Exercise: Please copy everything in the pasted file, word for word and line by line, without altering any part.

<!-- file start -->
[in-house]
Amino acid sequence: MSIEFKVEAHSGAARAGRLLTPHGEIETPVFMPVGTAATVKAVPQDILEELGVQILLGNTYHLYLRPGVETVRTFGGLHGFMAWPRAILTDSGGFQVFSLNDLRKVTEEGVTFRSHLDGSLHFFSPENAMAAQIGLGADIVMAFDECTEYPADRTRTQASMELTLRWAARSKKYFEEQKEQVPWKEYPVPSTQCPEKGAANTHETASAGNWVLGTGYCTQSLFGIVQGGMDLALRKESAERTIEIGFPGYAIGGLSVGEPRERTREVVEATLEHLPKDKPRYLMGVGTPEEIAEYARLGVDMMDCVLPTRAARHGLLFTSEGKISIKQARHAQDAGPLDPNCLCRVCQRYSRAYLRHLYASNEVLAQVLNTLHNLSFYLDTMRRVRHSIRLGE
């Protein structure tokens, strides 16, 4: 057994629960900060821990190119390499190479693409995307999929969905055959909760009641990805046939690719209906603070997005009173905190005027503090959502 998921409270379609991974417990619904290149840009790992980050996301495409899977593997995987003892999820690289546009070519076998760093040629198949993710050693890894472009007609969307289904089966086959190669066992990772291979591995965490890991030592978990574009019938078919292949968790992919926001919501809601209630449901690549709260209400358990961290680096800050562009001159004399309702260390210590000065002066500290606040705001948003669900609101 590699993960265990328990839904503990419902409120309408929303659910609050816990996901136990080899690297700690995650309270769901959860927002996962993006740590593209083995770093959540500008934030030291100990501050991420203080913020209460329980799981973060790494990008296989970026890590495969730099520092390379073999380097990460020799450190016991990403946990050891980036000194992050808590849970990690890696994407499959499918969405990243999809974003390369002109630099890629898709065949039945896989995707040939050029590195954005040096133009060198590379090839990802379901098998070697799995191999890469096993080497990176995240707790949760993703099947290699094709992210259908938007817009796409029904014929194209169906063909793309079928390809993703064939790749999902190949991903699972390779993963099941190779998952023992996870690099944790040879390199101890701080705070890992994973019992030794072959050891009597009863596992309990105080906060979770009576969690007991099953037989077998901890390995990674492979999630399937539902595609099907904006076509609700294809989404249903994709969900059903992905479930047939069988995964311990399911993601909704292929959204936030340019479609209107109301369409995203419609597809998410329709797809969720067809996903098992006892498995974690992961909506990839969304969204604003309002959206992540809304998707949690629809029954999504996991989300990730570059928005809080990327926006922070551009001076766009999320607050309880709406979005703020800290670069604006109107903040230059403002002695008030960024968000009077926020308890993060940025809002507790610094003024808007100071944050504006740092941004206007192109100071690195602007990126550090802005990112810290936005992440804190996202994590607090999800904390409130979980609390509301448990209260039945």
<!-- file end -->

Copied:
[in-house]
Amino acid sequence: MSIEFKVEAHSGAARAGRLLTPHGEIETPVFMPVGTAATVKAVPQDILEELGVQILLGNTYHLYLRPGVETVRTFGGLHGFMAWPRAILTDSGGFQVFSLNDLRKVTEEGVTFRSHLDGSLHFFSPENAMAAQIGLGADIVMAFDECTEYPADRTRTQASMELTLRWAARSKKYFEEQKEQVPWKEYPVPSTQCPEKGAANTHETASAGNWVLGTGYCTQSLFGIVQGGMDLALRKESAERTIEIGFPGYAIGGLSVGEPRERTREVVEATLEHLPKDKPRYLMGVGTPEEIAEYARLGVDMMDCVLPTRAARHGLLFTSEGKISIKQARHAQDAGPLDPNCLCRVCQRYSRAYLRHLYASNEVLAQVLNTLHNLSFYLDTMRRVRHSIRLGE
């Protein structure tokens, strides 16, 4: 057994629960900060821990190119390499190479693409995307999929969905055959909760009641990805046939690719209906603070997005009173905190005027503090959502 998921409270379609991974417990619904290149840009790992980050996301495409899977593997995987003892999820690289546009070519076998760093040629198949993710050693890894472009007609969307289904089966086959190669066992990772291979591995965490890991030592978990574009019938078919292949968790992919926001919501809601209630449901690549709260209400358990961290680096800050562009001159004399309702260390210590000065002066500290606040705001948003669900609101 590699993960265990328990839904503990419902409120309408929303659910609050816990996901136990080899690297700690995650309270769901959860927002996962993006740590593209083995770093959540500008934030030291100990501050991420203080913020209460329980799981973060790494990008296989970026890590495969730099520092390379073999380097990460020799450190016991990403946990050891980036000194992050808590849970990690890696994407499959499918969405990243999809974003390369002109630099890629898709065949039945896989995707040939050029590195954005040096133009060198590379090839990802379901098998070697799995191999890469096993080497990176995240707790949760993703099947290699094709992210259908938007817009796409029904014929194209169906063909793309079928390809993703064939790749999902190949991903699972390779993963099941190779998952023992996870690099944790040879390199101890701080705070890992994973019992030794072959050891009597009863596992309990105080906060979770009576969690007991099953037989077998901890390995990674492979999630399937539902595609099907904006076509609700294809989404249903994709969900059903992905479930047939069988995964311990399911993601909704292929959204936030340019479609209107109301369409995203419609597809998410329709797809969720067809996903098992006892498995974690992961909506990839969304969204604003309002959206992540809304998707949690629809029954999504996991989300990730570059928005809080990327926006922070551009001076766009999320607050309880709406979005703020800290670069604006109107903040230059403002002695008030960024968000009077926020308890993060940025809002507790610094003024808007100071944050504006740092941004206007192109100071690195602007990126550090802005990112810290936005992440804190996202994590607090999800904390409130979980609390509301448990209260039945």